If you give partial consent to an IEP, the school is required to implement the services you agreed to. The parts of the IEP you don’t agree with cannot be implemented if a dispute resolution is not filed.

For example, if the proposed IEP gives your child one hour of reading instruction per week and also requires an out-of-class behavior program (which you don’t think your child needs), but you think your child needs two hours a week of reading instruction – you can consent to the reading instruction in writing (while indicating that you don’t agree to the number of hours nor the behavior program).

This would result in the school not implementing the behavior program, while still providing one hour of reading instruction per week as you work to resolve the disagreement regarding the number of hours.

But this is not the end of the story. Since you and the school have disagreements regarding the IEP, dispute resolution options under the IDEA come into play.

You can start with an informal negotiation: You or the school can call an IEP meeting to iron out the number of hours of reading instruction. If it is not resolved in the meeting, you can ask for mediation or a due process hearing, where a hearing officer makes the decision.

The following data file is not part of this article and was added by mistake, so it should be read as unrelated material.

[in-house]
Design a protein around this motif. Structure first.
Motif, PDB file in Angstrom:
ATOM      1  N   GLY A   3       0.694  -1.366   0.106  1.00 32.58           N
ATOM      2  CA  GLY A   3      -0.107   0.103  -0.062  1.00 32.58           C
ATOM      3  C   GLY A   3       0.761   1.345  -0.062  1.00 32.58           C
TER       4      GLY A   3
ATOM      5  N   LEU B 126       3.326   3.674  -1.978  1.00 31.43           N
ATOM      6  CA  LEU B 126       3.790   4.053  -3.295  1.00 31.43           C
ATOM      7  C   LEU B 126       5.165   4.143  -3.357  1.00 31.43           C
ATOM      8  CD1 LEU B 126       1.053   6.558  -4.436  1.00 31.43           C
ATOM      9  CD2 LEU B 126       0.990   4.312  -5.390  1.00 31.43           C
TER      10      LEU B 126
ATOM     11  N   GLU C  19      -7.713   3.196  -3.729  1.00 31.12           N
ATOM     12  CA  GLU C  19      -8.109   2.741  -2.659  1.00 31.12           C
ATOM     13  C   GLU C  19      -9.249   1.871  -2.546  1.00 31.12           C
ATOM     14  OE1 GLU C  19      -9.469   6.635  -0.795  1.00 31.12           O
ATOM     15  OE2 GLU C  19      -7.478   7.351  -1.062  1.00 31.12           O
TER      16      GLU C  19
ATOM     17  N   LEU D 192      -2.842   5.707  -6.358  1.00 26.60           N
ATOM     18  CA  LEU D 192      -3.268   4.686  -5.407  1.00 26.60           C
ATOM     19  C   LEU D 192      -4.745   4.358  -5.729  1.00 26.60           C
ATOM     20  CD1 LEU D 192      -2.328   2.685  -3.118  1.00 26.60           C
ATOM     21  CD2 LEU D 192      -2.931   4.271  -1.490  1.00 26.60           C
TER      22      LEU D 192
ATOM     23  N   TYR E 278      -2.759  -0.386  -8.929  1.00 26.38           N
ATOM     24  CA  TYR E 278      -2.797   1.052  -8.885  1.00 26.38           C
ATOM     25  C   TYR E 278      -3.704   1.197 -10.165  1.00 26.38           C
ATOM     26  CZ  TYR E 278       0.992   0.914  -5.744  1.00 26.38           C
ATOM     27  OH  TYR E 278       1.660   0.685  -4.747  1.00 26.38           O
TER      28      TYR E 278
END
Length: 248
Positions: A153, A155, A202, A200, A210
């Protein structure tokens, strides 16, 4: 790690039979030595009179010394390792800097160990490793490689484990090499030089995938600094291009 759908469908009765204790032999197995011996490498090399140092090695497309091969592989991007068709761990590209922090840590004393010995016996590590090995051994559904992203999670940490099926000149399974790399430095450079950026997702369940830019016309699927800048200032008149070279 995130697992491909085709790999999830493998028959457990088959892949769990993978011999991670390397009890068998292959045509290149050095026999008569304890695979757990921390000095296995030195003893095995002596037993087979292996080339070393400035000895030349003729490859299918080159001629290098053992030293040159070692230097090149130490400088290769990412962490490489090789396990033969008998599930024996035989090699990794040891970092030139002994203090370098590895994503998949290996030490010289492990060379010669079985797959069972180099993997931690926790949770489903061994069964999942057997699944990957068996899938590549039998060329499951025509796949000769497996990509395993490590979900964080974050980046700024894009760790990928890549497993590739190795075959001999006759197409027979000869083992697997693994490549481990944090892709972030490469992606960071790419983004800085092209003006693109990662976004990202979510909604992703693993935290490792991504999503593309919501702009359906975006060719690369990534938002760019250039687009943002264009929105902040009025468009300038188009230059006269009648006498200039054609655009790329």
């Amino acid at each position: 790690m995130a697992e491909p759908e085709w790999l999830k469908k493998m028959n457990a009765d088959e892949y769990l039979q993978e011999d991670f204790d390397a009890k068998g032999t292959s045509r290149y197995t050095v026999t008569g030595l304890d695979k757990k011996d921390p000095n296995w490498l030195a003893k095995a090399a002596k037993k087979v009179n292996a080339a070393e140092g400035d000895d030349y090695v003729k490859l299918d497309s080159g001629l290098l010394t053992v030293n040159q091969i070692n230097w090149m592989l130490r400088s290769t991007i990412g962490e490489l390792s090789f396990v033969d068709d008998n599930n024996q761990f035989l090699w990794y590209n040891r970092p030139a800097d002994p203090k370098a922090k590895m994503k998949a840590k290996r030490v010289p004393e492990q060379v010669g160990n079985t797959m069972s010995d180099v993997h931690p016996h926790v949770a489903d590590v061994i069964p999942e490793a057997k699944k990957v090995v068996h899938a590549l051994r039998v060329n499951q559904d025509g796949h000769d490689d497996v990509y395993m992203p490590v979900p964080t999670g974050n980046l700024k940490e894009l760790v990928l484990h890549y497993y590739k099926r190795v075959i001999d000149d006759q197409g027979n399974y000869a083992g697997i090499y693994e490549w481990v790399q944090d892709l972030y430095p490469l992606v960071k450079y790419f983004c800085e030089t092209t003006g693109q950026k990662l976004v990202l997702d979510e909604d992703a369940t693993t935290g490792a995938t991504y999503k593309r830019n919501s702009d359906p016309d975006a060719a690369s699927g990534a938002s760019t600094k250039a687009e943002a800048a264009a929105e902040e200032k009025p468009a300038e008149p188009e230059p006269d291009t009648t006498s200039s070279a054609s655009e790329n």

A word of caution: Consenting to only a part of the IEP may not sit well with some of the IEP team members or school staff. After all, they’re trying to develop an IEP that they think is right for your child. If you disagree with the school, it’s important to try to have an open discussion with staff about why you are doing so. Make sure they understand that you want to work with them in a positive way.

Learn more about your rights in the IEP process, and see more important passages from IDEA. Check out 10 myths about special education rights. And get tips on how to be an effective advocate for your child.

Key Takeaways

  • The IEP is not an all-or-nothing choice.
  • One way to give partial consent to an initial IEP is to add an addendum where you explain what you disagree with.
  • Make sure the IEP team and the school staff know that you want to work with them in a positive way.